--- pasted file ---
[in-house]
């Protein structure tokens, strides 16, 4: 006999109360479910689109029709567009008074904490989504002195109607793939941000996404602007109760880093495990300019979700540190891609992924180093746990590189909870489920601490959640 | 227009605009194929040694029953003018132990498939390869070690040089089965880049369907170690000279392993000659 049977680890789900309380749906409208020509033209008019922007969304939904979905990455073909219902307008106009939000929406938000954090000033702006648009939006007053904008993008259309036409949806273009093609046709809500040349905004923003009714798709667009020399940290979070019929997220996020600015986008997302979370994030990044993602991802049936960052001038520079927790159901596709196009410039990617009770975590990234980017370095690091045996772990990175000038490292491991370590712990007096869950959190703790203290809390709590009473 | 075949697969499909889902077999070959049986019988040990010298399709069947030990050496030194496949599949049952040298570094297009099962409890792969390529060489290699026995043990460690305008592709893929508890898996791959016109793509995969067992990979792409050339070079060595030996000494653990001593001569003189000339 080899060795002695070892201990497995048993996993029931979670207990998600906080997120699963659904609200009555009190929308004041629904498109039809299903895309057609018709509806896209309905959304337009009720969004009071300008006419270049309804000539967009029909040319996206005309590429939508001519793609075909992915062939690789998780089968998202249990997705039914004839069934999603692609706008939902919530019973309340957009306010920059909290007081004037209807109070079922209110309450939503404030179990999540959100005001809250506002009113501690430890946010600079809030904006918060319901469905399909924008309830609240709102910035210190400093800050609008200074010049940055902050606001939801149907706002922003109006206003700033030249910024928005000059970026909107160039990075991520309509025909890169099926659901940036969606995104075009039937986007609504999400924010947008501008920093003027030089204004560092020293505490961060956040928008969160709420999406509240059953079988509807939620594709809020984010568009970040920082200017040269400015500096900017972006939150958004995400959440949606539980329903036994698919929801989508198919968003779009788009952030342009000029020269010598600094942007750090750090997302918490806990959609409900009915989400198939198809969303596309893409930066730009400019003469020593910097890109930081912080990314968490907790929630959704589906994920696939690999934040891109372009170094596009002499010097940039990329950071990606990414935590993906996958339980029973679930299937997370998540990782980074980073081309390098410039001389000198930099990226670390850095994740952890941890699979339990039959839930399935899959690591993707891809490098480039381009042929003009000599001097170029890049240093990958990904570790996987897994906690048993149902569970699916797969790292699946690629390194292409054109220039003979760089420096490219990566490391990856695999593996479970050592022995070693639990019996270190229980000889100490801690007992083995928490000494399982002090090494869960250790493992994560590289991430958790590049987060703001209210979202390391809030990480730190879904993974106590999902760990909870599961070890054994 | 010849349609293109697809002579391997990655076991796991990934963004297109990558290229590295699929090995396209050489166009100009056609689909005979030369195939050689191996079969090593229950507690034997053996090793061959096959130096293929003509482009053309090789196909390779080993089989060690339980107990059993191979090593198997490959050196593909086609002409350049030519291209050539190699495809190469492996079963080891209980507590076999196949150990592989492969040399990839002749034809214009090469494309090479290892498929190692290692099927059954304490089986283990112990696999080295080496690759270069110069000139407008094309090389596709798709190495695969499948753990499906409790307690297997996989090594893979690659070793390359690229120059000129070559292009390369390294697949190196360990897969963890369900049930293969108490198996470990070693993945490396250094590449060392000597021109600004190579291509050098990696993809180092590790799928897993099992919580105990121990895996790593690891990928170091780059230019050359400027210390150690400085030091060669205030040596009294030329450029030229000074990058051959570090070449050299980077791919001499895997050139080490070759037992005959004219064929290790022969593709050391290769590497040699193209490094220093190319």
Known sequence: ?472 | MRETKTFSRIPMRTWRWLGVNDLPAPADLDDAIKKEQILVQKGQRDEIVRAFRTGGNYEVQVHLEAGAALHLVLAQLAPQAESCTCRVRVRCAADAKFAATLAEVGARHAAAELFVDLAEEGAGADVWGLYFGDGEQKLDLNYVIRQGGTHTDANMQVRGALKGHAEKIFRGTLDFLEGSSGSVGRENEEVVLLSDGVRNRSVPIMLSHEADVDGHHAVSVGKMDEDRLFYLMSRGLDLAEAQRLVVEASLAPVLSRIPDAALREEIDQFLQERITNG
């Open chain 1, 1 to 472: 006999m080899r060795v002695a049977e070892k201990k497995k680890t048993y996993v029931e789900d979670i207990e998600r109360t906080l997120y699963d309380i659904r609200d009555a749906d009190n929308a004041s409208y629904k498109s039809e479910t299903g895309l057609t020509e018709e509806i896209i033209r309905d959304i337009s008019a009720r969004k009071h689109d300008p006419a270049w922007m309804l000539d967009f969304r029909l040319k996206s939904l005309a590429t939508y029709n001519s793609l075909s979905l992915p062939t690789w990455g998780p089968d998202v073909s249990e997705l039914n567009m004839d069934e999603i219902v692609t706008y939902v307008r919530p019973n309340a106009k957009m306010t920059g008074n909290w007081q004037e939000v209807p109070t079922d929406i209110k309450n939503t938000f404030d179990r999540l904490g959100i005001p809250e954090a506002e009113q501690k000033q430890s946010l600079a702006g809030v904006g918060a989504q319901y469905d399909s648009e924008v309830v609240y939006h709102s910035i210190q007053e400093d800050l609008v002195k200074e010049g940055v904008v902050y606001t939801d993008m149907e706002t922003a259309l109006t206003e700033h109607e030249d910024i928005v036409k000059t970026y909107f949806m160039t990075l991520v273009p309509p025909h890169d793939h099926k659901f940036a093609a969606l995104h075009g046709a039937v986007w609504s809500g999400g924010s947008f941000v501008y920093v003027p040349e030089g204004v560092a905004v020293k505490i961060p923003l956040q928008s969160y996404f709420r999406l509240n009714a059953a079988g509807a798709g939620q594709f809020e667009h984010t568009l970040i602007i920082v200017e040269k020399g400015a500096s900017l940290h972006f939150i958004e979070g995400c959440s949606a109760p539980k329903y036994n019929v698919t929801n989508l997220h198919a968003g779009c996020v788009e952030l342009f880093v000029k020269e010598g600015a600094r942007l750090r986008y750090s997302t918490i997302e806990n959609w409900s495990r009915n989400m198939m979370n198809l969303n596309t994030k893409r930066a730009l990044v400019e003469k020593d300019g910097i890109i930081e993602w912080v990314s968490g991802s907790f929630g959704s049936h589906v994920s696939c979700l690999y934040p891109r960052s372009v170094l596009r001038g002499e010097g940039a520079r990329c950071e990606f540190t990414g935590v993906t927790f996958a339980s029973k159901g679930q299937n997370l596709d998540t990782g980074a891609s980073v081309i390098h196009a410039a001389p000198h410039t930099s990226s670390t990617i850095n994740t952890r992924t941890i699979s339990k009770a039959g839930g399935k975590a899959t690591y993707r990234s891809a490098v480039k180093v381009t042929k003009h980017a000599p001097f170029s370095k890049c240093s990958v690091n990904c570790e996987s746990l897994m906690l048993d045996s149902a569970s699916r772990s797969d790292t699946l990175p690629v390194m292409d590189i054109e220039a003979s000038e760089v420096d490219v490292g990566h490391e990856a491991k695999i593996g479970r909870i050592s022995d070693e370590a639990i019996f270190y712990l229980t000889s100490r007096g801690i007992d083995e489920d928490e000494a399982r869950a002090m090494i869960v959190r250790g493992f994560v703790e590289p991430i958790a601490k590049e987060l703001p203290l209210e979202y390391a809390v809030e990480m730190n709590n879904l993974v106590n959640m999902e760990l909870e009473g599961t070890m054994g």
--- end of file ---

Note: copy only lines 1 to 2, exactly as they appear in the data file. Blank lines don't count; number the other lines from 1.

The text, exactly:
[in-house]
């Protein structure tokens, strides 16, 4: 006999109360479910689109029709567009008074904490989504002195109607793939941000996404602007109760880093495990300019979700540190891609992924180093746990590189909870489920601490959640 | 227009605009194929040694029953003018132990498939390869070690040089089965880049369907170690000279392993000659 049977680890789900309380749906409208020509033209008019922007969304939904979905990455073909219902307008106009939000929406938000954090000033702006648009939006007053904008993008259309036409949806273009093609046709809500040349905004923003009714798709667009020399940290979070019929997220996020600015986008997302979370994030990044993602991802049936960052001038520079927790159901596709196009410039990617009770975590990234980017370095690091045996772990990175000038490292491991370590712990007096869950959190703790203290809390709590009473 | 075949697969499909889902077999070959049986019988040990010298399709069947030990050496030194496949599949049952040298570094297009099962409890792969390529060489290699026995043990460690305008592709893929508890898996791959016109793509995969067992990979792409050339070079060595030996000494653990001593001569003189000339 080899060795002695070892201990497995048993996993029931979670207990998600906080997120699963659904609200009555009190929308004041629904498109039809299903895309057609018709509806896209309905959304337009009720969004009071300008006419270049309804000539967009029909040319996206005309590429939508001519793609075909992915062939690789998780089968998202249990997705039914004839069934999603692609706008939902919530019973309340957009306010920059909290007081004037209807109070079922209110309450939503404030179990999540959100005001809250506002009113501690430890946010600079809030904006918060319901469905399909924008309830609240709102910035210190400093800050609008200074010049940055902050606001939801149907706002922003109006206003700033030249910024928005000059970026909107160039990075991520309509025909890169099926659901940036969606995104075009039937986007609504999400924010947008501008920093003027030089204004560092020293505490961060956040928008969160709420999406509240059953079988509807939620594709809020984010568009970040920082200017040269400015500096900017972006939150958004995400959440949606539980329903036994698919929801989508198919968003779009788009952030342009000029020269010598600094942007750090750090997302918490806990959609409900009915989400198939198809969303596309893409930066730009400019003469020593910097890109930081912080990314968490907790929630959704589906994920696939690999934040891109372009170094596009002499010097940039990329950071990606990414935590993906996958339980029973679930299937997370998540990782980074980073081309390098410039001389000198930099990226670390850095994740952890941890699979339990039959839930399935899959690591993707891809490098480039381009042929003009000599001097170029890049240093990958990904570790996987897994906690048993149902569970699916797969790292699946690629390194292409054109220039003979760089420096490219990566490391990856695999593996479970050592022995070693639990019996270190229980000889100490801690007992083995928490000494399982002090090494869960250790493992994560590289991430958790590049987060703001209210979202390391809030990480730190879904993974106590999902760990909870599961070890054994 | 010849349609293109697809002579391997990655076991796991990934963004297109990558290229590295699929090995396209050489166009100009056609689909005979030369195939050689191996079969090593229950507690034997053996090793061959096959130096293929003509482009053309090789196909390779080993089989060690339980107990059993191979090593198997490959050196593909086609002409350049030519291209050539190699495809190469492996079963080891209980507590076999196949150990592989492969040399990839002749034809214009090469494309090479290892498929190692290692099927059954304490089986283990112990696999080295080496690759270069110069000139407008094309090389596709798709190495695969499948753990499906409790307690297997996989090594893979690659070793390359690229120059000129070559292009390369390294697949190196360990897969963890369900049930293969108490198996470990070693993945490396250094590449060392000597021109600004190579291509050098990696993809180092590790799928897993099992919580105990121990895996790593690891990928170091780059230019050359400027210390150690400085030091060669205030040596009294030329450029030229000074990058051959570090070449050299980077791919001499895997050139080490070759037992005959004219064929290790022969593709050391290769590497040699193209490094220093190319």